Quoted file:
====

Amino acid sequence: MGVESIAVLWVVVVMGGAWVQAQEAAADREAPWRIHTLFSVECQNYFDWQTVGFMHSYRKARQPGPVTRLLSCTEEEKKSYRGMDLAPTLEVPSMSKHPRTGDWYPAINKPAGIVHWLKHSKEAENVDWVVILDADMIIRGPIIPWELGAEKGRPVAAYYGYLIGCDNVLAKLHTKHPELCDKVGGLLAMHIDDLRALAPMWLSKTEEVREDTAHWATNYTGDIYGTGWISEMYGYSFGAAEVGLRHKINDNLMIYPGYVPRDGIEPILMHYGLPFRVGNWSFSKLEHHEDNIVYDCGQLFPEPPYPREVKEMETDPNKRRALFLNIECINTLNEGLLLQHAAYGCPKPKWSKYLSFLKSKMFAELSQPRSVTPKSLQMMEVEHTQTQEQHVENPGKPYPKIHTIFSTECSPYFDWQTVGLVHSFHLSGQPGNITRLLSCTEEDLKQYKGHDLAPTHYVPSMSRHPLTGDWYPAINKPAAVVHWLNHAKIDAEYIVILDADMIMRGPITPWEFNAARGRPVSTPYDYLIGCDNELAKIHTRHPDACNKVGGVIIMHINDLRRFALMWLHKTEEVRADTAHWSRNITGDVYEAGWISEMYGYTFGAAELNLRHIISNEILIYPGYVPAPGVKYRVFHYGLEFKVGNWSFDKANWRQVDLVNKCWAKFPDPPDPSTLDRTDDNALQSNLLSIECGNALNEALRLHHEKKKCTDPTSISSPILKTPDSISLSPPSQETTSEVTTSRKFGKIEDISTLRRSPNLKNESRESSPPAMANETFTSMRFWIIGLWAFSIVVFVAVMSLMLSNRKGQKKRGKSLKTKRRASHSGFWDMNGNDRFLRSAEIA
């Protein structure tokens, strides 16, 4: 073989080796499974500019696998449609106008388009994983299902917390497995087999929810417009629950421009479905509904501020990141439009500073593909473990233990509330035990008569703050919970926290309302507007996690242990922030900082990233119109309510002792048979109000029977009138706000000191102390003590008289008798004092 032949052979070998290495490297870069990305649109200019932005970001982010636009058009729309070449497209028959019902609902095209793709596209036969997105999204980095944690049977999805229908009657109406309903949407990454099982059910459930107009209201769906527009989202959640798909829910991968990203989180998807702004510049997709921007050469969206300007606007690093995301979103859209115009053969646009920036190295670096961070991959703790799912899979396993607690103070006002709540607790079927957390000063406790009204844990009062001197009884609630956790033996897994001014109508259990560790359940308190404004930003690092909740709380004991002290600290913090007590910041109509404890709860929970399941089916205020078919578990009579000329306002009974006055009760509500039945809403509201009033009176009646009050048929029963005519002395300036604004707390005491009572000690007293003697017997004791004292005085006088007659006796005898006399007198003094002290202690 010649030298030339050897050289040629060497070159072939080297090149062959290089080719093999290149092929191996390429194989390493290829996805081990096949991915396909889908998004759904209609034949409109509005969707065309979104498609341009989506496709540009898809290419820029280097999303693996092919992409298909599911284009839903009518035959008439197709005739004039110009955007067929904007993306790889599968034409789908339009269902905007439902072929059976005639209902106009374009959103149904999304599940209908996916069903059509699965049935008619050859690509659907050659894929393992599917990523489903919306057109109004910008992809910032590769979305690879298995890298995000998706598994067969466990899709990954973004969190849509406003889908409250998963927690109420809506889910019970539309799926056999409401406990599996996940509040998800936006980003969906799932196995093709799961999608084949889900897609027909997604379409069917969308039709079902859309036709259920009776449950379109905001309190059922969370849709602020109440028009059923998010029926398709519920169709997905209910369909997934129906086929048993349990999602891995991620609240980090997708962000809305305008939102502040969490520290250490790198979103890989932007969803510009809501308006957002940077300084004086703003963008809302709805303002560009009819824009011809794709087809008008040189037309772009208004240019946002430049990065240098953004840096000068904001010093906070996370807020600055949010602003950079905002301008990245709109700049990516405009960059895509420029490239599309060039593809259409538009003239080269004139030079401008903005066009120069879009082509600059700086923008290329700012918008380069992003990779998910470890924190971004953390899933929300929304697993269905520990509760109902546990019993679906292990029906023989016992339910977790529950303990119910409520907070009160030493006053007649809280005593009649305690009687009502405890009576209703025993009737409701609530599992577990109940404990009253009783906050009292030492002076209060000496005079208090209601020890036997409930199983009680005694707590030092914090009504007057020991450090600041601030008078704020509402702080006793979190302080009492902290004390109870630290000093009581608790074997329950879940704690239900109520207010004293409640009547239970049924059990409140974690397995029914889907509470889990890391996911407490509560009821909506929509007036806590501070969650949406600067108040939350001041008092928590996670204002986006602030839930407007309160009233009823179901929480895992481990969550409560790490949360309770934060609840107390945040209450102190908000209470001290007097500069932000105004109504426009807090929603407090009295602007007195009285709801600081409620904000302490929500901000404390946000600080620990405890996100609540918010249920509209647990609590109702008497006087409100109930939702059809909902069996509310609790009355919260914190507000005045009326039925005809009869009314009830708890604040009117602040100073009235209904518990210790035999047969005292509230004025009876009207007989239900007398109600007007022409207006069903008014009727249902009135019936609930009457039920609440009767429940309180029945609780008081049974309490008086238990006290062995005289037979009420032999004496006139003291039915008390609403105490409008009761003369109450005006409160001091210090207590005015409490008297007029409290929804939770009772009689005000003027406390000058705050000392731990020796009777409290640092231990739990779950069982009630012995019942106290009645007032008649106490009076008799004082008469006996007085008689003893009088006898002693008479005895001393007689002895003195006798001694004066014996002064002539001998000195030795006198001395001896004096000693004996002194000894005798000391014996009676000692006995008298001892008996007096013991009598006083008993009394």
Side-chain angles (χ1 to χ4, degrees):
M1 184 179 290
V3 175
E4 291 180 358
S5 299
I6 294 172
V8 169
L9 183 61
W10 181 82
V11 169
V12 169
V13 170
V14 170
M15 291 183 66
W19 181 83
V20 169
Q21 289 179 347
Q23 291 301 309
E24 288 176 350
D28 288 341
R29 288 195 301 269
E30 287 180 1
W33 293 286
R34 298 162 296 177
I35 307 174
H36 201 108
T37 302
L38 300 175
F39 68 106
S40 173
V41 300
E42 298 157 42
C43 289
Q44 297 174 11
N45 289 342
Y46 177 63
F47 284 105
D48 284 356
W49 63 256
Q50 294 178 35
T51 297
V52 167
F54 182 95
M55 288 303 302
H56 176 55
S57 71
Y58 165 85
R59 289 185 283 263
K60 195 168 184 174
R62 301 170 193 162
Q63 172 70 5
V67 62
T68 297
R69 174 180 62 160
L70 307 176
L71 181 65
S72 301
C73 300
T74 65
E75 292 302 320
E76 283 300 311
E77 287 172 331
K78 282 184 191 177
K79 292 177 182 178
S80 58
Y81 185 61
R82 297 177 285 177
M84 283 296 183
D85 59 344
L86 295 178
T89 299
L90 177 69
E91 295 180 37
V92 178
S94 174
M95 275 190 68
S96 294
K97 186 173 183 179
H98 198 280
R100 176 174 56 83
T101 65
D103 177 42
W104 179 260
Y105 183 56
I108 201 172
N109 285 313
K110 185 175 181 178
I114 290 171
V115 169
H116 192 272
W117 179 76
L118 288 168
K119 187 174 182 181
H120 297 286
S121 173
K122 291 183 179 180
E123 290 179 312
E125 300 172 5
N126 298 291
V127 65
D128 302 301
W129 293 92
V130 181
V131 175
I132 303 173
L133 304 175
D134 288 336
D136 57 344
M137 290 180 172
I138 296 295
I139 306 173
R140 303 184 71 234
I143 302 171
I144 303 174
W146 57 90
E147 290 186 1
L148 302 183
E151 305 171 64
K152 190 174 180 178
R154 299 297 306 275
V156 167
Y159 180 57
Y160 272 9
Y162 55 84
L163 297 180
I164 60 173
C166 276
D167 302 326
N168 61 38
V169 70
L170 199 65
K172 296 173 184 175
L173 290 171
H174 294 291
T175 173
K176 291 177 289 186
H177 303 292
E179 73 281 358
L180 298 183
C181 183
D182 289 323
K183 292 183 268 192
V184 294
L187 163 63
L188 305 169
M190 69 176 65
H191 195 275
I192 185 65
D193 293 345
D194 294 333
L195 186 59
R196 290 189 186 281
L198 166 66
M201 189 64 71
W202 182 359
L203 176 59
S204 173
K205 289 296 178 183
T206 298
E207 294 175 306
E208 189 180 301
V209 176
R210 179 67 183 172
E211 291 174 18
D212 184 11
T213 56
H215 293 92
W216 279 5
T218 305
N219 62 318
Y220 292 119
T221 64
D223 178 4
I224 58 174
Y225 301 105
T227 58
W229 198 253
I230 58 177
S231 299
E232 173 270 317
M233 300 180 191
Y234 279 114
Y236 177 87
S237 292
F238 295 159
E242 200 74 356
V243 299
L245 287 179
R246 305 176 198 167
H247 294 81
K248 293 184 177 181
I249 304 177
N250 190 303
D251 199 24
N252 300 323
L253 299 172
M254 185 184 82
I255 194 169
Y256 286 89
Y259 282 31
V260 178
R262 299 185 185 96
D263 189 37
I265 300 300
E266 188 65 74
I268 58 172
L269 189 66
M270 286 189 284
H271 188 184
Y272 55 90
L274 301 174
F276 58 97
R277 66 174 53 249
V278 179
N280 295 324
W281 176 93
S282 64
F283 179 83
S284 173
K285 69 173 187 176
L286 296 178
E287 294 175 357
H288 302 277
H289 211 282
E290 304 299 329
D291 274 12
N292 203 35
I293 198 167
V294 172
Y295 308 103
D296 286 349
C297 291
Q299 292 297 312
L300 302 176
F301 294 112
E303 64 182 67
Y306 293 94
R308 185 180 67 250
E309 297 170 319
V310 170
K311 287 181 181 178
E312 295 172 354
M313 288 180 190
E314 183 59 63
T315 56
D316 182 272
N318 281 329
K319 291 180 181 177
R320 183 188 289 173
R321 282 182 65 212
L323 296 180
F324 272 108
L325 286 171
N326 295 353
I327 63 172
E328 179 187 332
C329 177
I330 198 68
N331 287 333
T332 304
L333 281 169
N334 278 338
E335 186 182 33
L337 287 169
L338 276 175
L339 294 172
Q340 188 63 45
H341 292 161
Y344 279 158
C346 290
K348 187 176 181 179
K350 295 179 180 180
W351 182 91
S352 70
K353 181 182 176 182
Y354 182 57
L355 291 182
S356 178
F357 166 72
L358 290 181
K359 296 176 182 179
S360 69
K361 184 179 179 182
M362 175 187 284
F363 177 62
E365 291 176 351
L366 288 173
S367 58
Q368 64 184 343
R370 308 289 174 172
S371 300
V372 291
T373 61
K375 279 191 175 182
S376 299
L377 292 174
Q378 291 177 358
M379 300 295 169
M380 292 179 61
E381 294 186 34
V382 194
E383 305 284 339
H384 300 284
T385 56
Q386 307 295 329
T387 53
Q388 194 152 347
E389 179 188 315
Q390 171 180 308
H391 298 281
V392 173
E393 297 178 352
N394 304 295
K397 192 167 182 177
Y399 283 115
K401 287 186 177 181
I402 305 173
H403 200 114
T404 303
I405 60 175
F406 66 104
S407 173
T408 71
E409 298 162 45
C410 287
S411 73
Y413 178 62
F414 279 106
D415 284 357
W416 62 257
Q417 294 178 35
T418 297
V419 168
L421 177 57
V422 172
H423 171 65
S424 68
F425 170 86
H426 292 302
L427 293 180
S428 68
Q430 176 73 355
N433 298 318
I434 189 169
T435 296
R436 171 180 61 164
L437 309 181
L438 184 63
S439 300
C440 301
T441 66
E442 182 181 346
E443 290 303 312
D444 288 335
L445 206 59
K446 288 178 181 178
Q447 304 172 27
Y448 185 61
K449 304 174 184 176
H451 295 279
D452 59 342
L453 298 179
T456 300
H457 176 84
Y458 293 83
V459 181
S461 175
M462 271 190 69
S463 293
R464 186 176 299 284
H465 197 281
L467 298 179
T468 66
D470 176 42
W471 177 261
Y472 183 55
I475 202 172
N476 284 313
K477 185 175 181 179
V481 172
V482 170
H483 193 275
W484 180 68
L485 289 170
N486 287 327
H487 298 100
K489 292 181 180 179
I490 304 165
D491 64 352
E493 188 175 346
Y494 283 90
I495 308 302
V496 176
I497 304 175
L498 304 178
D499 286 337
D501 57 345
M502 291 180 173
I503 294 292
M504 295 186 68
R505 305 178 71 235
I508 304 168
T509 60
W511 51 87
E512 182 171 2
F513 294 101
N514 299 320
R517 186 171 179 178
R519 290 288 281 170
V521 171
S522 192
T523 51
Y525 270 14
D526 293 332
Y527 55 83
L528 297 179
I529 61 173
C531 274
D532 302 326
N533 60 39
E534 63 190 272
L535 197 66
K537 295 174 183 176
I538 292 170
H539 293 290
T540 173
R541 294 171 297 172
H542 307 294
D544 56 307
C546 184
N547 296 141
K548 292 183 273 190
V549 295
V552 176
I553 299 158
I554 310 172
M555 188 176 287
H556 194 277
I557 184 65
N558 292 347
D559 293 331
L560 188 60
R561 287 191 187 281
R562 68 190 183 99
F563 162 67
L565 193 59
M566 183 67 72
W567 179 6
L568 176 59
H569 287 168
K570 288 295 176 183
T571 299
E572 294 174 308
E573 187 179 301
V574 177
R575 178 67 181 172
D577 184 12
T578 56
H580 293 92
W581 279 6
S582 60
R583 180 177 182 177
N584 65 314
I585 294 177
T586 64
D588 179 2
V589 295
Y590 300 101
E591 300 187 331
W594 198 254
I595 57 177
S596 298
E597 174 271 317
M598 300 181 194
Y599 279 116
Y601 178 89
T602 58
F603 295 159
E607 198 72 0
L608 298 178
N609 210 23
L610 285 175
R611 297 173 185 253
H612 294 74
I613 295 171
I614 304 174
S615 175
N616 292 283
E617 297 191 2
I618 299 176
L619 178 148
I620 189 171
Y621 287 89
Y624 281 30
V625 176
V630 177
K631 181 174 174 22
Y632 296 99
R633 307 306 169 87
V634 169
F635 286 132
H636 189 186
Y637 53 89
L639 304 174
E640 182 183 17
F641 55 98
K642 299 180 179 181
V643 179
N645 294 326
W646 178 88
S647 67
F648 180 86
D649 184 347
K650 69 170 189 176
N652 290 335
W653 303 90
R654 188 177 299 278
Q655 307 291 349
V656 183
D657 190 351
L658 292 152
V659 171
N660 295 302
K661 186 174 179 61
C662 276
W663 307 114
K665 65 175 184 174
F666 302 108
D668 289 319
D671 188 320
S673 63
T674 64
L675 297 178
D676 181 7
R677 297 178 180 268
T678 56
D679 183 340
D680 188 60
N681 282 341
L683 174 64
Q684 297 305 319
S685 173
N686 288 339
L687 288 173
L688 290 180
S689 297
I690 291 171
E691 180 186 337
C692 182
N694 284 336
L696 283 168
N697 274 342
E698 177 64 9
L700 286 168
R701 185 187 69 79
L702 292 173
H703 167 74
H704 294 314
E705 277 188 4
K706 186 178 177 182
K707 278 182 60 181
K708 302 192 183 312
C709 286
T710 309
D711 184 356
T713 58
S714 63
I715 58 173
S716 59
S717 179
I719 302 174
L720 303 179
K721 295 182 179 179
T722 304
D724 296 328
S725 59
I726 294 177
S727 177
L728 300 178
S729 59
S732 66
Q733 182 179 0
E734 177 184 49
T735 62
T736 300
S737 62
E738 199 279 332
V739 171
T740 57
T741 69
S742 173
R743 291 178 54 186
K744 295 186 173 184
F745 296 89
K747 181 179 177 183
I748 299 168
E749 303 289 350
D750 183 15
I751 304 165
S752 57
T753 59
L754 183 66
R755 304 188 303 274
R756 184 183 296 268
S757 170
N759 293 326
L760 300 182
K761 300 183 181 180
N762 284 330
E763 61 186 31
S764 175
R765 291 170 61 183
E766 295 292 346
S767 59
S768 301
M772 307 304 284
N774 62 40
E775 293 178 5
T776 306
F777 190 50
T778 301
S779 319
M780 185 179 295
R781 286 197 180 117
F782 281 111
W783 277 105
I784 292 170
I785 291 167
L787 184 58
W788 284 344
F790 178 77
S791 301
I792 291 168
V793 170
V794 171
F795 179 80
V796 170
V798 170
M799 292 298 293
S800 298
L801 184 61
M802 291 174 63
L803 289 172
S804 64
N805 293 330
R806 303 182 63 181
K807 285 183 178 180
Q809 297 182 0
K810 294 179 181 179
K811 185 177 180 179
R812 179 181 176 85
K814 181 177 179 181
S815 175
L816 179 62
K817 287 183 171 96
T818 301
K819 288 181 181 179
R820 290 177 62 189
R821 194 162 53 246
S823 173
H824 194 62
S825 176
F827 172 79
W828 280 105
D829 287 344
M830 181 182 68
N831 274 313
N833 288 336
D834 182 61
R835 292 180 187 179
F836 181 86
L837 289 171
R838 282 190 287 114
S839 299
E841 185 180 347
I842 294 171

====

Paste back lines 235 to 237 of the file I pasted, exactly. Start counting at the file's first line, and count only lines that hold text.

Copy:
Q299 292 297 312
L300 302 176
F301 294 112